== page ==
Seven Nation Army became a popular song in baseball when Stephen Strasburg started using it. It’s become one of the most recognizable sports songs around.

Many would say that it’s officially become a “jock jam”. Either way, the base line is an easy beat to follow and the pitch-shifted riff is the perfect song to bring fans to their feat.

Simply put, it is one of our favorite walk-up songs because it creates so much audience participation.

After Strasburg used the song, the Baltimore Orioles made it a cult classic that runs deep through Baltimore. The fans even added an “Oh” throughout the riff to make it their own.

If I’m being honest, you could get rid of the lyrics and this song would still be an amazing stadium-rocking tune. Some of its magic comes from its simplicity.

Narco by Blasterjaxx & Timmy Trumpet

If you’re watching Major League Baseball right now, you know about Edwin Diaz, the Mets, and Timmy Trumpet.

Diaz enters to a wonderful trumpet solo that brings the stadium to their feet. Players and fans alike love the music.

As Diaz and the Mets succeed, the 9th inning becomes a party. The entrance is such a big deal that the Mets have stopped cutting to commercial when Diaz enters in the 9th.

They’ve even been able to bring Blasterjaxx and Timmy Trumpet to the stadium to play the song live for Diaz as he enters. This is a great song that almost forces you to dance.

I’ve noticed that there are other teams who have started to use the song for their own players or as a part of the stadium music.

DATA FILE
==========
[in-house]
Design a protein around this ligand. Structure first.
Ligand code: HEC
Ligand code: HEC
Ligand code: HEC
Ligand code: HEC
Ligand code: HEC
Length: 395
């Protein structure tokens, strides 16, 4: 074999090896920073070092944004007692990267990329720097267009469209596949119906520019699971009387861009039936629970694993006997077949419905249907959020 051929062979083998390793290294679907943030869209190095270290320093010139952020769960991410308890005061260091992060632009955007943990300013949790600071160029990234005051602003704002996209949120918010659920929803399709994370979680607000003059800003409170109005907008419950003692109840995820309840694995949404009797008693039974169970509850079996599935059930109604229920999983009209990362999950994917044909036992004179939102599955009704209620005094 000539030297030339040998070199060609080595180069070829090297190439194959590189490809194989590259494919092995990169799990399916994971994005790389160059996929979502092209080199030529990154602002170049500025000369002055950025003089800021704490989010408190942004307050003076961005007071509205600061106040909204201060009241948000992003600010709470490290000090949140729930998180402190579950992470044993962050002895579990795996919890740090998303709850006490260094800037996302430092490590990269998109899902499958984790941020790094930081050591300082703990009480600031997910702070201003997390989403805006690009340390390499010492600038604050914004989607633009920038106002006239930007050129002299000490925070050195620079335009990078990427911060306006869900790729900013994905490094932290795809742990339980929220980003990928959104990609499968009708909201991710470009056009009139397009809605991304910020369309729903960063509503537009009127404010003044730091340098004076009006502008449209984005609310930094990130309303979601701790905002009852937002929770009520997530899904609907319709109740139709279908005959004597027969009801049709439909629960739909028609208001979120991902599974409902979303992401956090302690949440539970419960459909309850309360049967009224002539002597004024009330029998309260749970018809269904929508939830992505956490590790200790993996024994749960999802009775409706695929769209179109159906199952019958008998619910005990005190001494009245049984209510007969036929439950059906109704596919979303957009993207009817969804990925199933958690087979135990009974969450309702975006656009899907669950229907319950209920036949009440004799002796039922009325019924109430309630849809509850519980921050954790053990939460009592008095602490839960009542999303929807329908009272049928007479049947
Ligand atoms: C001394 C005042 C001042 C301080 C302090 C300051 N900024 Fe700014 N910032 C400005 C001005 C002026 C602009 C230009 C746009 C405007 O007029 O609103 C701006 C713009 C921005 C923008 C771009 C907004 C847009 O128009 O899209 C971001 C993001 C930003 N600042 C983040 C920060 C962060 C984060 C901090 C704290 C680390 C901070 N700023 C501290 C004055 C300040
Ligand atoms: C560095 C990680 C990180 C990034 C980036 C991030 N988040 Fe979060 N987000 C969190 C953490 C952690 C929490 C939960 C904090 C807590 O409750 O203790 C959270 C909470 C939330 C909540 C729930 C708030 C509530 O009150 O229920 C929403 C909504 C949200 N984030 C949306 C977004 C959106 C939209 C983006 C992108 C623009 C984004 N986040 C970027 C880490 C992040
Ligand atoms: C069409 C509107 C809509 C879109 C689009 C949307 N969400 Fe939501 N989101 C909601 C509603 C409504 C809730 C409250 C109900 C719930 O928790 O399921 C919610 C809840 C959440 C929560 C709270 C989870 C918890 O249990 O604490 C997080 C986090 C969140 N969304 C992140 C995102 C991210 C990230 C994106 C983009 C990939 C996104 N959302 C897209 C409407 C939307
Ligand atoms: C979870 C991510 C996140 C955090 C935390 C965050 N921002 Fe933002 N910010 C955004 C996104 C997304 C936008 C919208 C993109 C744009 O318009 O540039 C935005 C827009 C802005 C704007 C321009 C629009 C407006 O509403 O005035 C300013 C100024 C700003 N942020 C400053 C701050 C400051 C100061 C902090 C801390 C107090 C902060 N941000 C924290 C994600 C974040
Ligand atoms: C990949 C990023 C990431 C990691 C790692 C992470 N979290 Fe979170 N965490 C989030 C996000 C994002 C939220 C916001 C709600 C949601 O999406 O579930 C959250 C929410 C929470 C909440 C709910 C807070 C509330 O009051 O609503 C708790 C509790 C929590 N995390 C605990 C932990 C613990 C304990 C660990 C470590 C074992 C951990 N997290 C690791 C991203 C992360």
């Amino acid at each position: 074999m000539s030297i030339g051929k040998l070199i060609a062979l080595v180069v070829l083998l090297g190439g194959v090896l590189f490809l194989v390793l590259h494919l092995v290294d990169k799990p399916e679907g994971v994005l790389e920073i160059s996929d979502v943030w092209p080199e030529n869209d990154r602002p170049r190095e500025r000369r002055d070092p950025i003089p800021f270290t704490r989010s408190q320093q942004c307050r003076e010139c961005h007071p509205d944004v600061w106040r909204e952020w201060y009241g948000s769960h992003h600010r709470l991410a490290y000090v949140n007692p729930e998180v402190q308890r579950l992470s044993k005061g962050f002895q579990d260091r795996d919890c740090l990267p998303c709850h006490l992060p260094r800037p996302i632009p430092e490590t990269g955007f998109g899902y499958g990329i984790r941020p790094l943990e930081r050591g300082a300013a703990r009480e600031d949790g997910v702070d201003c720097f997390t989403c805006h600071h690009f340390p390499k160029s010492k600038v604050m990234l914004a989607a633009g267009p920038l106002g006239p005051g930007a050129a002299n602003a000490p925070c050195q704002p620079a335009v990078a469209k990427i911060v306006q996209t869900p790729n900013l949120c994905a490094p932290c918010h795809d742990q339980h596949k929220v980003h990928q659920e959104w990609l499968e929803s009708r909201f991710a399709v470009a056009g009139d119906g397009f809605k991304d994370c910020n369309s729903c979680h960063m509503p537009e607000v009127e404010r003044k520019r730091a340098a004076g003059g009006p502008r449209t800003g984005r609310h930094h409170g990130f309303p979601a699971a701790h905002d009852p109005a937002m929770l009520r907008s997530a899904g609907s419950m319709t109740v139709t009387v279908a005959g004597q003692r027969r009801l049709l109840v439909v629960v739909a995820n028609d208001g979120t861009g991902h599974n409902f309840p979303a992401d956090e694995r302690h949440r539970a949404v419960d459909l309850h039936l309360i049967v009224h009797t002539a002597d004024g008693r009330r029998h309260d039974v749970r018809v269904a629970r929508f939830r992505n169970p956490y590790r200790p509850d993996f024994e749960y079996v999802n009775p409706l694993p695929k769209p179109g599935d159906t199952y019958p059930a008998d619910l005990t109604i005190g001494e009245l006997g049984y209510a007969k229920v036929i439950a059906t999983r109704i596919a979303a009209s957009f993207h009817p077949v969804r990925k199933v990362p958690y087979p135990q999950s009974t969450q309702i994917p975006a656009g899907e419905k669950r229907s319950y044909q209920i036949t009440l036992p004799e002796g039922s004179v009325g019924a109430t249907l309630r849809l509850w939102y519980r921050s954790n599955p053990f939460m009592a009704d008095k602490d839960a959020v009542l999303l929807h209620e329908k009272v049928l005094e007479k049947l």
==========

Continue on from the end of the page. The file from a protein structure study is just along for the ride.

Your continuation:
Don’t let that fool you, this song belongs to Edwin Diaz and Timmy Trumpet has made that clear.

Quite frankly, we think this is the best walk-up song to dance to.

I’m Shipping Up to Boston by Dropkick Murphys

“I’m Shipping Up to Boston” is a cult classic song in the Boston area.

The song itself is iconic but it’s the culture of Boston mixed with the high power of the song. The song is a true thrasher that embraces the Irish will to fight.

When Jonathan Papelbon was closing out games for the Red Sox, he was a fierce competitor who would stare through hitters before blowing the ball by them.

He could intimidate anyone who stepped in the box 60 feet and 6 inches away.

What really makes this special is the connection that it brought to Boston. Boston is a city built on the back of Irishmen and that’s exactly what Dropkick Murphys represent.

Hearing the opening fiddle and drum beats brought the entire stadium to their feet.

Dropkick Murphys created a gem that may be the most culturally significant walk-up song on our list.

Seek and Destroy by Metallica